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Director talks Netflix series and African content on a global platform

Lead actress Ama Qamata and director Nosipho Dumisa have a chat while shooting scenes for Netflix series Blood & Water

Lead actress Ama Qamata and director Nosipho Dumisa have a chat while shooting scenes for Netflix series Blood & Water

Published May 28, 2020


Nosipho Dumisa is the young

and vibrant director of the latest Netflix African Original hit series, Blood & Water.

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The award-winning 32-year-old directs a cast of many fresh faces, including Ama Qamata, a rising talent who can also be seen on Mzansi Magic’s Gomora, and new face Khosi Ngema. The story revolves around 16-year-old Puleng Khumalo (Qamata) as she investigates the cold case of her abducted-at-birth older sister.

Dumisa said the six-part series would resonate with viewers because it is an authentic African narrative with universal themes.

“I believe audiences have been crying out for fresh talent that is also diverse, so I think they will truly love the balance we’ve struck with the incredible actors on the show.

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“For local audiences, I think they’ll enjoy the pace, production quality and familiarity of our world, which is presented in an exciting way.

“For international audiences, they’ll have never seen South Africa, let alone Africa, portrayed in this way. The world of Blood & Water is aspirational and beautiful.”

Netflix has been deliberate in its showcase of African talent recently and local productions have the chance to be received by a global audience.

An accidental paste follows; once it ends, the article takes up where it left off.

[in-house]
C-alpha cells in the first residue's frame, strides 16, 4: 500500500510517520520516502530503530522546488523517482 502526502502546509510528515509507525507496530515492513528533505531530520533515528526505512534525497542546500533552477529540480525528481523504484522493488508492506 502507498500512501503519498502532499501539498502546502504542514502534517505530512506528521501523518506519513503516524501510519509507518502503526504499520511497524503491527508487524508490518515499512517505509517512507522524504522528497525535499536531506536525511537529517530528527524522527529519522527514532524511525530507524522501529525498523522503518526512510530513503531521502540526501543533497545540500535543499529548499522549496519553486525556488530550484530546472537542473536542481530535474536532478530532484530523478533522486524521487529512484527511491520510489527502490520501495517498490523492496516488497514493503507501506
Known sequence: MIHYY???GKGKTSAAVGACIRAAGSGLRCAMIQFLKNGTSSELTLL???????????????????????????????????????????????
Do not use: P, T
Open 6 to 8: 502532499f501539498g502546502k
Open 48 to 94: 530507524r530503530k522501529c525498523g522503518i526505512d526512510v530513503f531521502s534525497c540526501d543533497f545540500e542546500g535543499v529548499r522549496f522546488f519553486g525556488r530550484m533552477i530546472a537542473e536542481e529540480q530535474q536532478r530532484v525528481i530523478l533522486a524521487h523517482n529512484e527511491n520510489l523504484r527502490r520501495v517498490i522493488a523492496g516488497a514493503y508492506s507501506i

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Dumisa said it had been a long time coming.

“The world has been starving for content from Africa. We saw how well Black Panther did and that wasn’t even produced by Africans. Since Blood & Water launched, we’ve seen the excitement. The world is ready for a new voice and that voice is Africa.”

Dumisa said it was important

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for storytellers to remain on the pulse of changes in society and to be able to adapt.

“We provide not only entertainment but alternative perspectives. I always challenge myself to present content that’s not only entertaining but reflective of our society, in order to encourage dialogue and debate about who we are. I’m not sure how my role will evolve but it has to evolve. I have to evolve and continue to take risks if I’m to grow and remain relevant.”

Covid-19 has forced film-makers and producers to become more innovative, she said.

“I’ve read about productions that have quarantined the whole cast and crew in little towns so they could work. Of course, this isn’t possible for everyone. Filming short format content with smart phones is on the rise, because people can film in their own homes. In our own productions, we’ve had to streamline the way we work. Still, there remain challenges, particularly when filming on locations or having to create stunts on set.”

Dumisa said the television industry has been hit hard around the world.

“Many productions, which account for many freelance crew and actors, have had to stop work. Film releases have been delayed, some indefinitely, it’s painful to see.

“As not only a storyteller, but also production company owner (Gambit Films), it’s been challenging. However, this industry has always been able to adapt and change. Streaming services were a response to a need, and TV was a response to a need that came before it. I’m certain we’ll prevail.”

The one thing Dumisa hopes audiences take away from her work is the heart she has put into it.

“I put everything into each story and I hope that people take that and reflect upon the world we live in.”

Blood & Water is now available on Netflix for streaming. See Lifestyle

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